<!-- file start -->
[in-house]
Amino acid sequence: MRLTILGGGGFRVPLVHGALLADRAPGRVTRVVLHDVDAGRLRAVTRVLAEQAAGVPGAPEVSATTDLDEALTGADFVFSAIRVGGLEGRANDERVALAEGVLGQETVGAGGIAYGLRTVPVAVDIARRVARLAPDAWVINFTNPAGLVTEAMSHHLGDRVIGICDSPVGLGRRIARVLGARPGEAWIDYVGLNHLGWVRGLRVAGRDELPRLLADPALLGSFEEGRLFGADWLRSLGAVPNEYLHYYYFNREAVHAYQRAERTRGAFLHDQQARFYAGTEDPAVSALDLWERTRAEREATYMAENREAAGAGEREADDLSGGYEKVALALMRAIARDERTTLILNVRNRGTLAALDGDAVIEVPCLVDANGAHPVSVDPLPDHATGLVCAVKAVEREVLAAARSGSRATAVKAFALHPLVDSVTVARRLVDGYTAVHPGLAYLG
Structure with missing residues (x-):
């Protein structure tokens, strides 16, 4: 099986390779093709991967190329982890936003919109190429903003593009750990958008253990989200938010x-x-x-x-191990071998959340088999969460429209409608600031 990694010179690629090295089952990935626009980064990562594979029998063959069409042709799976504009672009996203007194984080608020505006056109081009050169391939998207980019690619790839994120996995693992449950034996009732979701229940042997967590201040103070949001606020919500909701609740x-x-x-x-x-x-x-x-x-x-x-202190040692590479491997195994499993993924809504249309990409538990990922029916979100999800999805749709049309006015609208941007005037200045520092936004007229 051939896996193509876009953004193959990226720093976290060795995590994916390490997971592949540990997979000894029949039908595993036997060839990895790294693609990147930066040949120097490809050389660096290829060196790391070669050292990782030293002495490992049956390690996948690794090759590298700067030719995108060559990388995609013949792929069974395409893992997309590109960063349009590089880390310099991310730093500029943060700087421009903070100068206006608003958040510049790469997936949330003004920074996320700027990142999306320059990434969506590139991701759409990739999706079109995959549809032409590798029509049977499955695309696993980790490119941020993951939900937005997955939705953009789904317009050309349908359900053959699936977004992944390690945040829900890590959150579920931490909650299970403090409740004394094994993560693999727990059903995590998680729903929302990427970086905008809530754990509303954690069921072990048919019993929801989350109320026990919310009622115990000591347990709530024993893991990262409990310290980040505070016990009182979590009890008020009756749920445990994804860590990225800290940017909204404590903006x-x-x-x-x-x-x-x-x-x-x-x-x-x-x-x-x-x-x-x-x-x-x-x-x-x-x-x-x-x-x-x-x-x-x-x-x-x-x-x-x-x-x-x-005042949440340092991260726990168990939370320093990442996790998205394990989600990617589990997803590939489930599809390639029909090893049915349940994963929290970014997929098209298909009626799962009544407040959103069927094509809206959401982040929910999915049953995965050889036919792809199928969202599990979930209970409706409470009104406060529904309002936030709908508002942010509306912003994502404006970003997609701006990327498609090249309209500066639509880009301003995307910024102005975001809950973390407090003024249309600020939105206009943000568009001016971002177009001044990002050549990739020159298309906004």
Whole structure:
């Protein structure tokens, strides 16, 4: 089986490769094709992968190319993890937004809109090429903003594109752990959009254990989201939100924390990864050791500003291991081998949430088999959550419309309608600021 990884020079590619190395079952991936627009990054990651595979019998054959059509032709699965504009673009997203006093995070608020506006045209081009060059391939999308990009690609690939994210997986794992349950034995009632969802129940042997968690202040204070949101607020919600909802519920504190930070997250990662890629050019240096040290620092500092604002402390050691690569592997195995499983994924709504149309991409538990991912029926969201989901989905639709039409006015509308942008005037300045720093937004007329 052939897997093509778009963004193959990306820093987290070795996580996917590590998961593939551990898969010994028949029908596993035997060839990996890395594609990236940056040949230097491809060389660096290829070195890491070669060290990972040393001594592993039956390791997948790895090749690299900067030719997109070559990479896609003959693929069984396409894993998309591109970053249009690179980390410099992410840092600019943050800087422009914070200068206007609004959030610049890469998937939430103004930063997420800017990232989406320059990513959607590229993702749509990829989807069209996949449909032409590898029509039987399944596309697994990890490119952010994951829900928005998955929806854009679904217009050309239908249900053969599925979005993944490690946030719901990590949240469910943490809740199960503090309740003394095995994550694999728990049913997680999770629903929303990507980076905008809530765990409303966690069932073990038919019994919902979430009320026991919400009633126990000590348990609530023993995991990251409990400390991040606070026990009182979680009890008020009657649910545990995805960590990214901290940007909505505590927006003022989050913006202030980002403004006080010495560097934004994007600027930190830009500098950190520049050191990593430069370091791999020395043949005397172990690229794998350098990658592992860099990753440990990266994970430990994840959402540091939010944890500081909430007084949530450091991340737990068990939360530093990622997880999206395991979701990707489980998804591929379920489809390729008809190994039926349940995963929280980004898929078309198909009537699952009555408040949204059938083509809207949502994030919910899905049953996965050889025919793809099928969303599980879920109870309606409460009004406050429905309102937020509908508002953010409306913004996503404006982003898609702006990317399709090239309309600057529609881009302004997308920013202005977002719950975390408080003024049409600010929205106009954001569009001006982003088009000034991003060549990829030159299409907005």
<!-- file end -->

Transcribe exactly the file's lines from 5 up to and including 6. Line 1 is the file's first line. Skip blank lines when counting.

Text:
Whole structure:
């Protein structure tokens, strides 16, 4: 089986490769094709992968190319993890937004809109090429903003594109752990959009254990989201939100924390990864050791500003291991081998949430088999959550419309309608600021 990884020079590619190395079952991936627009990054990651595979019998054959059509032709699965504009673009997203006093995070608020506006045209081009060059391939999308990009690609690939994210997986794992349950034995009632969802129940042997968690202040204070949101607020919600909802519920504190930070997250990662890629050019240096040290620092500092604002402390050691690569592997195995499983994924709504149309991409538990991912029926969201989901989905639709039409006015509308942008005037300045720093937004007329 052939897997093509778009963004193959990306820093987290070795996580996917590590998961593939551990898969010994028949029908596993035997060839990996890395594609990236940056040949230097491809060389660096290829070195890491070669060290990972040393001594592993039956390791997948790895090749690299900067030719997109070559990479896609003959693929069984396409894993998309591109970053249009690179980390410099992410840092600019943050800087422009914070200068206007609004959030610049890469998937939430103004930063997420800017990232989406320059990513959607590229993702749509990829989807069209996949449909032409590898029509039987399944596309697994990890490119952010994951829900928005998955929806854009679904217009050309239908249900053969599925979005993944490690946030719901990590949240469910943490809740199960503090309740003394095995994550694999728990049913997680999770629903929303990507980076905008809530765990409303966690069932073990038919019994919902979430009320026991919400009633126990000590348990609530023993995991990251409990400390991040606070026990009182979680009890008020009657649910545990995805960590990214901290940007909505505590927006003022989050913006202030980002403004006080010495560097934004994007600027930190830009500098950190520049050191990593430069370091791999020395043949005397172990690229794998350098990658592992860099990753440990990266994970430990994840959402540091939010944890500081909430007084949530450091991340737990068990939360530093990622997880999206395991979701990707489980998804591929379920489809390729008809190994039926349940995963929280980004898929078309198909009537699952009555408040949204059938083509809207949502994030919910899905049953996965050889025919793809099928969303599980879920109870309606409460009004406050429905309102937020509908508002953010409306913004996503404006982003898609702006990317399709090239309309600057529609881009302004997308920013202005977002719950975390408080003024049409600010929205106009954001569009001006982003088009000034991003060549990829030159299409907005």